Children electively admitted for bronchoscopy without a known underlying respiratory diagnosis were seen by a member of the research team 0.5–3 hours prior to bronchoscopy. The clinician's assessment of cough quality (wet or dry) was recorded on a standardised sheet (based on the cough present on the day of the bronchoscopy), before the parent(s) independently evaluated the current (the morning of, or last 12 hours) cough quality (wet or dry) of their child. For clinician's assessment of wet/dry cough, when no spontaneous cough was heard or if child was too young to elicit a cough, cough quality (wet or dry) was deemed 'non-assessable'. Clinicians also rated cough as 'brassy' or 'non-brassy' based on coughs heard anytime before bronchoscopy. For assessment of reliability of cough quality (wet/dry and brassy/non-brassy), 21 cooperative children had their coughs digitally recorded (Acer Pocket PC n11, Taiwan) using music compact disc quality format (44.1 kHz, 16 bit) on the morning of their bronchoscopy. These stored cough sounds were later replayed (using headphones 30–10,000 Hz, Lanier, Japan) from a computer and re-scored in a blinded manner (blinded to the child's name and cough quality assigned earlier) for wet/dry and brassy/non-brassy qualities. Written consent was obtained from a parent and the study approved by the hospital's ethics committee on human research.
Bronchoscopy and quantification of secretions seen during bronchoscopy
Flexible bronchoscopy was performed under general anaesthesia as previously described [20–22]. Briefly, anaesthesia was induced with sevoflurane in 100% oxygen administered through a Jackson Rees T piece circuit, the vocal cords and upper trachea then sprayed (4 mg/kg lignocaine via a Cass needle). Atropine was given intravenously to most children aged <12 months. In all children a video flexible bronchoscope (BF 3C160, Olympus, Tokyo, Japan) entered the circuit via the port of a swivel right angle connector attached to a facemask. Images were projected onto a monitor (Sony Trinitron, Tokyo, Japan).
A respiratory consultant (ABC or IBM) blinded to the child's history and cough quality scored the bronchoscopy sheet quantifying the amount of secretions at the time of the bronchoscopy in real time. When no scorer was available, the session was videotaped and played back. A secretion quantification card (figure 1) was visible to the scorer at all times. Secretions were quantified according to amount of mucus in the airways in relation to lumen size (fig 1) and scored from the trachea to the level of lobar bronchi (total of 9; trachea, right main stem, right upper lobe, right middle lobe, right lower lobe, left main stem, left upper lobe, left lingula, left lower lobe). When segmental bronchi were seen, the worst segment (ie segment with most secretions) was scored. These scores were used to obtain a final grade of bronchoscopic secretions (BS) from grades 1 to 6;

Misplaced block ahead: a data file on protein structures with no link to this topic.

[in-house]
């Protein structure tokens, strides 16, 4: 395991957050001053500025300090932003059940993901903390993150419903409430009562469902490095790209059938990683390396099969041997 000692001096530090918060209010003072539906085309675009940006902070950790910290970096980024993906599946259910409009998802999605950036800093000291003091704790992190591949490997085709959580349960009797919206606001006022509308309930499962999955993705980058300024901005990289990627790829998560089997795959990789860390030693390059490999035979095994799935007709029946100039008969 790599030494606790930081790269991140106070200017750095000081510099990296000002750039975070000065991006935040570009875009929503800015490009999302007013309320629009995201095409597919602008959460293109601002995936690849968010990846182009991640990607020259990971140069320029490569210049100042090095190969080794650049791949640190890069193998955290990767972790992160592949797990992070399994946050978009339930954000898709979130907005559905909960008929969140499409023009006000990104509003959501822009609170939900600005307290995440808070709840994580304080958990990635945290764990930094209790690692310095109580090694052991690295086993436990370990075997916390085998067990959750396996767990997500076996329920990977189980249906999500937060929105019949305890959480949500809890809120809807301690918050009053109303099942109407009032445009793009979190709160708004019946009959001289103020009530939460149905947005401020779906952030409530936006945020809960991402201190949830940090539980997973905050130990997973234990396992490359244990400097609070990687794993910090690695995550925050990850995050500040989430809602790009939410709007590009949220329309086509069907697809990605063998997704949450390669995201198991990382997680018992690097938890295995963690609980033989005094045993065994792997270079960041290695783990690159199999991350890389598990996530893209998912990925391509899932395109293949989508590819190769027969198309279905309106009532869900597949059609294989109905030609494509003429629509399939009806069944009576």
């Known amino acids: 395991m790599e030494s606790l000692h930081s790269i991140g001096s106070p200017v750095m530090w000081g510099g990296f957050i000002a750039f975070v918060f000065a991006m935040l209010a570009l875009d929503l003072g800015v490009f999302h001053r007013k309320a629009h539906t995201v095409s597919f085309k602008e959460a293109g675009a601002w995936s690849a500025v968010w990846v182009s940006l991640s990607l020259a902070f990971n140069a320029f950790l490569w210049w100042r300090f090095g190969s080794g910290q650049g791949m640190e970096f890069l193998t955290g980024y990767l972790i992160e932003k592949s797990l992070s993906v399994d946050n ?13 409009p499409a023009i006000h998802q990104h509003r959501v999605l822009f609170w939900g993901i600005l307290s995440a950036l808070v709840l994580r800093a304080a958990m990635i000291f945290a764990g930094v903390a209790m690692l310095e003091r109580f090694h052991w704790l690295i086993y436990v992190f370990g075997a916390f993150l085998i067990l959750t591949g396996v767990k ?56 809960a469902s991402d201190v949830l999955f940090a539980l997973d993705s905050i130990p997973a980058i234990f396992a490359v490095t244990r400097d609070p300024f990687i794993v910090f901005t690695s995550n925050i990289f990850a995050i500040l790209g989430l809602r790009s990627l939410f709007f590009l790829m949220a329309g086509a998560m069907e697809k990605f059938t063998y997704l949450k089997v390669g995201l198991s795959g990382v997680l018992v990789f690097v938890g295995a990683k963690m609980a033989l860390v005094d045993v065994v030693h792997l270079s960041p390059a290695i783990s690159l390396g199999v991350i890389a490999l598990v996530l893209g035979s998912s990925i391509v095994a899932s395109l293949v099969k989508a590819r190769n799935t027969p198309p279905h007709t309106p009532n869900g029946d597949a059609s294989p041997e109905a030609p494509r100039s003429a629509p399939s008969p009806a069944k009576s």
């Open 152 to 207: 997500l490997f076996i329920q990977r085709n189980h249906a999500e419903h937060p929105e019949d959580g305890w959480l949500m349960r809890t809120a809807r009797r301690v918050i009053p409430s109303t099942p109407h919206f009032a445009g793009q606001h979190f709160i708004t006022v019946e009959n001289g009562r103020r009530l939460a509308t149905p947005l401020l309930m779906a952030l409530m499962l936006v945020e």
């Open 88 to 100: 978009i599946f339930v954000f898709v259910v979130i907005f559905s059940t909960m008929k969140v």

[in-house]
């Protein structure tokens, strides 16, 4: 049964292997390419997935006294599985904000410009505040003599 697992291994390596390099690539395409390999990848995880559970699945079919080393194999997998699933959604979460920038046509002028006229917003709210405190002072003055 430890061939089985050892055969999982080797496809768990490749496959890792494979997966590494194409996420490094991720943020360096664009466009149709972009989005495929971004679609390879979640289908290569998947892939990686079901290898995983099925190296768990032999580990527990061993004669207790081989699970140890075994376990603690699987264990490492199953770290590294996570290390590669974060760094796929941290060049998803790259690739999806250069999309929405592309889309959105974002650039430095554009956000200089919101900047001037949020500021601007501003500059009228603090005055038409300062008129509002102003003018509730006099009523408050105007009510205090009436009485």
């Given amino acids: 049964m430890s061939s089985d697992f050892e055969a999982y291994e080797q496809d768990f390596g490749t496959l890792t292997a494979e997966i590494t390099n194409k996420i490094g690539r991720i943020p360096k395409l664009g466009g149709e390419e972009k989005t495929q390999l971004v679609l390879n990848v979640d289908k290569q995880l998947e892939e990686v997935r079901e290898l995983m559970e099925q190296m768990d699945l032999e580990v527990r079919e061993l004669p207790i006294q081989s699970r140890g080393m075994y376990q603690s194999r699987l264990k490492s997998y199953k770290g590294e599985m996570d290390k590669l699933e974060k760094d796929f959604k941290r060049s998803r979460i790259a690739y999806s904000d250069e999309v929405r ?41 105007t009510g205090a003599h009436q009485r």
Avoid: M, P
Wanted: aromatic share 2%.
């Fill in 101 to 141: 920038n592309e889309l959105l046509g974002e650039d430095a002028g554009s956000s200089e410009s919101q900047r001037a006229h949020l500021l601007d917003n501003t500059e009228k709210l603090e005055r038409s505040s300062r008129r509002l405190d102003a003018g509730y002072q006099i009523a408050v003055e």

BS Grade 1 = Nil secretions
BS Grade 2 = Near dry = Bubbles only in < half total number of bronchi involved
BS Grade 3 = Minimal = Bubbles found in > half total number of bronchi involved or Secretion type-I in < half total number of bronchi involved
BS Grade 4 = Mild = Secretion type-I, > half total number of bronchi involved or Secretion type-II, < half total number of bronchi involved
BS Grade 5 = Mod = Secretion type-II, > half total number of bronchi involved or Secretion type-III, < half total number of bronchi involved
BS Grade 6 = Large = Secretion type-III, > half total number of bronchi involved Inter-rater reliability of BS grading was assessed by replaying the videotapes of the recorded bronchoscopy of 20 children, with the 2nd assessor blinded to the child's condition.
BAL was obtained from the macroscopically most abnormal lobe; when changes were generalised, BAL was obtained from the right middle lobe. Cell count was performed on the cell suspension, cytocentrifuge slides were prepared and stained (modified Wright's stain) for cell differential profile. All cellular examinations were performed by cytologists blinded to the children's medical history.
Data were not normally distributed and thus non parametric analyses were used; medians and inter-quartile range (IQR) were used for all descriptive data and Kruskal Wallis for comparisons between groups. Cohen's kappa (K) with 95%CI was utilised for inter and intra-observer reliability and graded from 'poor' (K<0.2) to 'very good' (K = 0.81–1.0). For calculation of sensitivity and specificity, negative and positive predictive values (NPV, PPV); cough quality was assigned to dry when a history of cough was absent and bronchoscopy findings at two cut offs (grades 3 and 4) of BS grades were taken as the 'gold standard' eg for cut-off at BS grade 3, BS grades 1–2 were defined as no secretions and BS grades = 3 defined as secretions present. To determine if cough quality (wet/dry) was predictive of amount of secretions found during bronchoscopy, a receiver operating characteristic (ROC) curve was generated  where cough quality wet/dry was considered the true positive/negative and the bronchoscopic secretion scoring (1 to 6) as the ordinal rating scale. Two tailed p value of < 0.05 was considered significant. SPSS ver 11.1 was utilised for most statistical calculation.